This will show you how to get a Pylons web app running on Google App Engine (GAE) in about 15 minutes, assuming you already have your GAE account and a familiarity with Pylons and
The approach described here is focused on using as “normal” a process as possible for creating a Pylons app, with minimal modifications for GAE. It uses a stock
virtualenv, and a stock
paster create template, instead of an entirely different setup just for GAE. Several manual edits are required (but fewer now!)
This means that you could use an existing app or an existing virtualenv, with a few modifications. This is up to you, as I don’t know what your exact setup looks like, but most of the steps below should apply.
To begin, run the following commands in an appropriate directory, replacing $MYPROJ and $MYAPP with whatever values you like (they can be the same, though if they are the directory structure can end up slightly confusing.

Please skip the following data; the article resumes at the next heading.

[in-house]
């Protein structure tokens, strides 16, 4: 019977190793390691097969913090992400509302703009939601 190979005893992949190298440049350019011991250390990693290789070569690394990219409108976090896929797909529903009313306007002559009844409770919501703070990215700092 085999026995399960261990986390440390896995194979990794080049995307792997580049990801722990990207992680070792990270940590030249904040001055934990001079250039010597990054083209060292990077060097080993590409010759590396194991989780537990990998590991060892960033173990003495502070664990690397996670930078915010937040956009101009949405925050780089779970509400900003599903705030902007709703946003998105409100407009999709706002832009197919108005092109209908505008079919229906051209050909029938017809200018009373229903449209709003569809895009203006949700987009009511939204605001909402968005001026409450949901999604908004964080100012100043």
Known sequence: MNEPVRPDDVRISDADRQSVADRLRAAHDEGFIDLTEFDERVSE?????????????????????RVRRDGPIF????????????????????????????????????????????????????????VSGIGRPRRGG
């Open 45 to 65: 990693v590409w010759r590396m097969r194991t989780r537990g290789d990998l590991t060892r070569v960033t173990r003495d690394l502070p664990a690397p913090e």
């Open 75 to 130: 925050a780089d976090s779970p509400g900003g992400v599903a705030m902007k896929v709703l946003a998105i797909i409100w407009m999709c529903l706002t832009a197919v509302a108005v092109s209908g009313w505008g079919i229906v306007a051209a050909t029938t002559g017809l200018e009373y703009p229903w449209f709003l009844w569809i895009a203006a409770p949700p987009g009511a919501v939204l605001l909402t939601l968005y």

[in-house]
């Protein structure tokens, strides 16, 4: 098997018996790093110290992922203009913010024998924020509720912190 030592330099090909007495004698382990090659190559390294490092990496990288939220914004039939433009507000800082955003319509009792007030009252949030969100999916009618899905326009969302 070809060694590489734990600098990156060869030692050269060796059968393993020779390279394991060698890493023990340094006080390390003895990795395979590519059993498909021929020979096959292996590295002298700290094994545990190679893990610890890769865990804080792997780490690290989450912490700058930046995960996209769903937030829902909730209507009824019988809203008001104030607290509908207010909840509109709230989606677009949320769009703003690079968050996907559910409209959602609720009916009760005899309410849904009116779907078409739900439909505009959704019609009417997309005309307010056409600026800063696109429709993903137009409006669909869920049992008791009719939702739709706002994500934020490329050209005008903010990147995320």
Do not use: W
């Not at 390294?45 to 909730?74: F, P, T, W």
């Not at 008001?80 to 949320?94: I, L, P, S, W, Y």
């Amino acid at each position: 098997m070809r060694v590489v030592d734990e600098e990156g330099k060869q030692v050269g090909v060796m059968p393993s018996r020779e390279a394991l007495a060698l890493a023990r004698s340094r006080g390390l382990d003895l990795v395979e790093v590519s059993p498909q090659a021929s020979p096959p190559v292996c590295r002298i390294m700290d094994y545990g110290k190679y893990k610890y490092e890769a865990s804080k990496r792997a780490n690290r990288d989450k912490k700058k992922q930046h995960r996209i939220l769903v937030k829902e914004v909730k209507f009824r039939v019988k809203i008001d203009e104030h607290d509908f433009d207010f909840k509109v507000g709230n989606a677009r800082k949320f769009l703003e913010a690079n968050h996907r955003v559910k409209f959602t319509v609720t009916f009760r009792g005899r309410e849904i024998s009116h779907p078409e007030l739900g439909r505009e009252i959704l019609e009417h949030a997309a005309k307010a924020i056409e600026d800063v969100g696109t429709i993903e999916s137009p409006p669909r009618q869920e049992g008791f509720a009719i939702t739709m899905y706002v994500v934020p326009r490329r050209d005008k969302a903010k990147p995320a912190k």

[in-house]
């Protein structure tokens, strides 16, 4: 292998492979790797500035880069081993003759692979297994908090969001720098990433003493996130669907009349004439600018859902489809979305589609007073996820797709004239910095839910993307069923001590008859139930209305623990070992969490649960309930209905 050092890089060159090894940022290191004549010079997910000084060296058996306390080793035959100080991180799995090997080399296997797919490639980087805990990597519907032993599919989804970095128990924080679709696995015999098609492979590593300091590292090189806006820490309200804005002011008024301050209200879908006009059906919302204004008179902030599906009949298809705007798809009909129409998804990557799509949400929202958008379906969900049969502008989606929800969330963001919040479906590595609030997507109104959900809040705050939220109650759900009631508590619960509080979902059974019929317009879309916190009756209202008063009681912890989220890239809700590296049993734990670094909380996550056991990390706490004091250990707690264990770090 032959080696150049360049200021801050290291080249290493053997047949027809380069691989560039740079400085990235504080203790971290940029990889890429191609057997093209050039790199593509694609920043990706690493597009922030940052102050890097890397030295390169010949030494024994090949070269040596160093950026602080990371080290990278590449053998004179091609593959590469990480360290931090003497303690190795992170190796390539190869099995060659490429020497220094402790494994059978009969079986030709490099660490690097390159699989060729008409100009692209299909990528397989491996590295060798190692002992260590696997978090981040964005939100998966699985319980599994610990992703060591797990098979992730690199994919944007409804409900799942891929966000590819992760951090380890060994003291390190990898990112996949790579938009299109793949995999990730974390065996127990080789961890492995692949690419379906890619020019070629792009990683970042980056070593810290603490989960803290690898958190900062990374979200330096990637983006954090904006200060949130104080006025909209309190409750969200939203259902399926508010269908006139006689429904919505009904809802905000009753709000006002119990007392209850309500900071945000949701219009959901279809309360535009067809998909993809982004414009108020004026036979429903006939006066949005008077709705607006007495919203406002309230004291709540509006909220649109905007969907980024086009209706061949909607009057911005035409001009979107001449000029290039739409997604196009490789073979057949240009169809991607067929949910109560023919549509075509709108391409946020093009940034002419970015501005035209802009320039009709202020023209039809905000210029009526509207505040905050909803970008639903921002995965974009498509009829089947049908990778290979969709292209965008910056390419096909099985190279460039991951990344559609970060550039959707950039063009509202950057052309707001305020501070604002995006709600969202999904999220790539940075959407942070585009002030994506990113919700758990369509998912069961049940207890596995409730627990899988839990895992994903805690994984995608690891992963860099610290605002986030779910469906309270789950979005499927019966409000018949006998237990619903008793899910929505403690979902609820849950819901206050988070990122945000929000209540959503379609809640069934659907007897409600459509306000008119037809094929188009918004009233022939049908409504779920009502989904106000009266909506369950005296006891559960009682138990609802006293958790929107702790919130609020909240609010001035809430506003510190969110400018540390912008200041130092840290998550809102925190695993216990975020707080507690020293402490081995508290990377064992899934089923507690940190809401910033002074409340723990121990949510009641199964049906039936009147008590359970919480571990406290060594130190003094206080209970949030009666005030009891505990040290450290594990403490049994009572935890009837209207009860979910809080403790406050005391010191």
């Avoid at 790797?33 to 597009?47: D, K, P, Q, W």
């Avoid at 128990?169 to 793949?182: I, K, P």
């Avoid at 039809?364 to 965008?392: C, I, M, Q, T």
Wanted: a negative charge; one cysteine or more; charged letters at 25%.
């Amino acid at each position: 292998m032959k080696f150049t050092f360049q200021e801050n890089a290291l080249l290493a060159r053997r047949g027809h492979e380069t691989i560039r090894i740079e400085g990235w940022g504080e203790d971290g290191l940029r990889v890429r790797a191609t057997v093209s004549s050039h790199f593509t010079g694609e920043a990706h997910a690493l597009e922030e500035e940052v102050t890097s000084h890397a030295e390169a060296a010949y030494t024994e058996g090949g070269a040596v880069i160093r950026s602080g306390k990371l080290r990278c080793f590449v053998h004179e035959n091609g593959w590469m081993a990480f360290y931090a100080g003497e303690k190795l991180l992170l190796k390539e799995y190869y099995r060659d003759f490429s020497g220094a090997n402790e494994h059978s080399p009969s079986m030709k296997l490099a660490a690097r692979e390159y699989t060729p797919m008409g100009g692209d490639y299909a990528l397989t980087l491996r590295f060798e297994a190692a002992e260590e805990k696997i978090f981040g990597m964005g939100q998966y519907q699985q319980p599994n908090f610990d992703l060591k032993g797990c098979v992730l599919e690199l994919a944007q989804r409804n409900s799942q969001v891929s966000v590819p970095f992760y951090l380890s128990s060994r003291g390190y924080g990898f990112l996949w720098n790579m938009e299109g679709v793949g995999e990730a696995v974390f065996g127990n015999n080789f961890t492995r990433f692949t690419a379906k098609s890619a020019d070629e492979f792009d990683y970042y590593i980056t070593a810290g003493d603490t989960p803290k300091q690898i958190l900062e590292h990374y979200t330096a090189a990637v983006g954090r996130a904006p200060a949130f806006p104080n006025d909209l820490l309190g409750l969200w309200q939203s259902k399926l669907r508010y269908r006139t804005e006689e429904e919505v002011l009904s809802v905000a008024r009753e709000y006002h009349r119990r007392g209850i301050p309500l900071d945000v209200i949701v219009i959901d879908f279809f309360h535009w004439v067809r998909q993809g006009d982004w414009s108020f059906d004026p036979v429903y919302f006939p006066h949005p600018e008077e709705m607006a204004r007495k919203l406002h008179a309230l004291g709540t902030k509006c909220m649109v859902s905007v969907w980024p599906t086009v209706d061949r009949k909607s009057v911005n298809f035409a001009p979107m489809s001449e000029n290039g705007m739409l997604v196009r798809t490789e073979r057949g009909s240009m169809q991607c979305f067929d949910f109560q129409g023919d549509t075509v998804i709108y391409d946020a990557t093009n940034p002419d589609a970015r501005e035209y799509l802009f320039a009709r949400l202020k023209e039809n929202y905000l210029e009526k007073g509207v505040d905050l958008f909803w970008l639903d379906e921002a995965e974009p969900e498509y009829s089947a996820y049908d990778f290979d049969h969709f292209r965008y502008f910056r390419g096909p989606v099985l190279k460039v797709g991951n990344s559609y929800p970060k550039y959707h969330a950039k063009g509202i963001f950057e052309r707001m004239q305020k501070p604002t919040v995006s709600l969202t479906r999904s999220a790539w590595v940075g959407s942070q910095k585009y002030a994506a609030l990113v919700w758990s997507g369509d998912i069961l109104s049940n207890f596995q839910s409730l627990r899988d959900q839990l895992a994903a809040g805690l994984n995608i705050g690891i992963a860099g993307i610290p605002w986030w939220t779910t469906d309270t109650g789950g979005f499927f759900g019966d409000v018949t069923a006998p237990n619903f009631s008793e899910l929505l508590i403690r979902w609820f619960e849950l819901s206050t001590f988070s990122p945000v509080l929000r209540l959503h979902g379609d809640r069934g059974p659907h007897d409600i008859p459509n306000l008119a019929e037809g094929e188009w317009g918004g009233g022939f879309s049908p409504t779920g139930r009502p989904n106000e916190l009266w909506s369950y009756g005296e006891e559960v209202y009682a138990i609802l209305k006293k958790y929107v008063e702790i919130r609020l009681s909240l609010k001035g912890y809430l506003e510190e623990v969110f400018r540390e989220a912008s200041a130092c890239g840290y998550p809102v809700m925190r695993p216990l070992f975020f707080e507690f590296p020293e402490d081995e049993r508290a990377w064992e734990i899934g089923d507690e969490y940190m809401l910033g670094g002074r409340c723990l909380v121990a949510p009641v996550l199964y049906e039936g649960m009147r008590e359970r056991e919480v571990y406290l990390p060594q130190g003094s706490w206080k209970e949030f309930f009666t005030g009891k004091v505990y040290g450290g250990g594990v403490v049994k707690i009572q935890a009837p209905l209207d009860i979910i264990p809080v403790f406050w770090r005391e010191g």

paster create will make two directories named $MYAPP as it is.)
virtualenv --python=python2.5 --no-site-packages --unzip-setuptools $MYPROJ cd $MYPROJ pip install -U -E . pylons touch ./lib/python2.5/site-packages/paste/__init__.py rm -f ./lib/python2.5/site-packages/simplejson*/_speedups* ./bin/paster create -t pylons $MYAPP template_engine=mako sqlalchemy=False
You’ll then need to create
app.py in the current directory. Replace
$REGNAME with the name of your application as registered with Google. For example, if your hosted URL is myapp.appspot.com, the registered name is myapp. And don’t forget to replace
app.py with whatever you gave to
application: $REGNAME version: 1 runtime: python api_version: 1 handlers: - url: /.* script: app.py skip_files: | ^(.*/)?( (bin/.*)| (include/.*)| (.*/docs/.*)| (.*/(ez_)?setup.py)| (.*/(MANIFEST.in|README.txt|setup.cfg))| (lib/python2\.\d/[^/]*\.py)| (lib/python2\.\d/(lib-dynload|config|distutils|encodings)/.*)| (.*\.pth)| (app\.yaml)| (app\.yml)| (index\.yaml)| (index\.yml)| (#.*#)| (.*~)| (.*\.py[co])| (.*/RCS/.*)| (\..*)| )$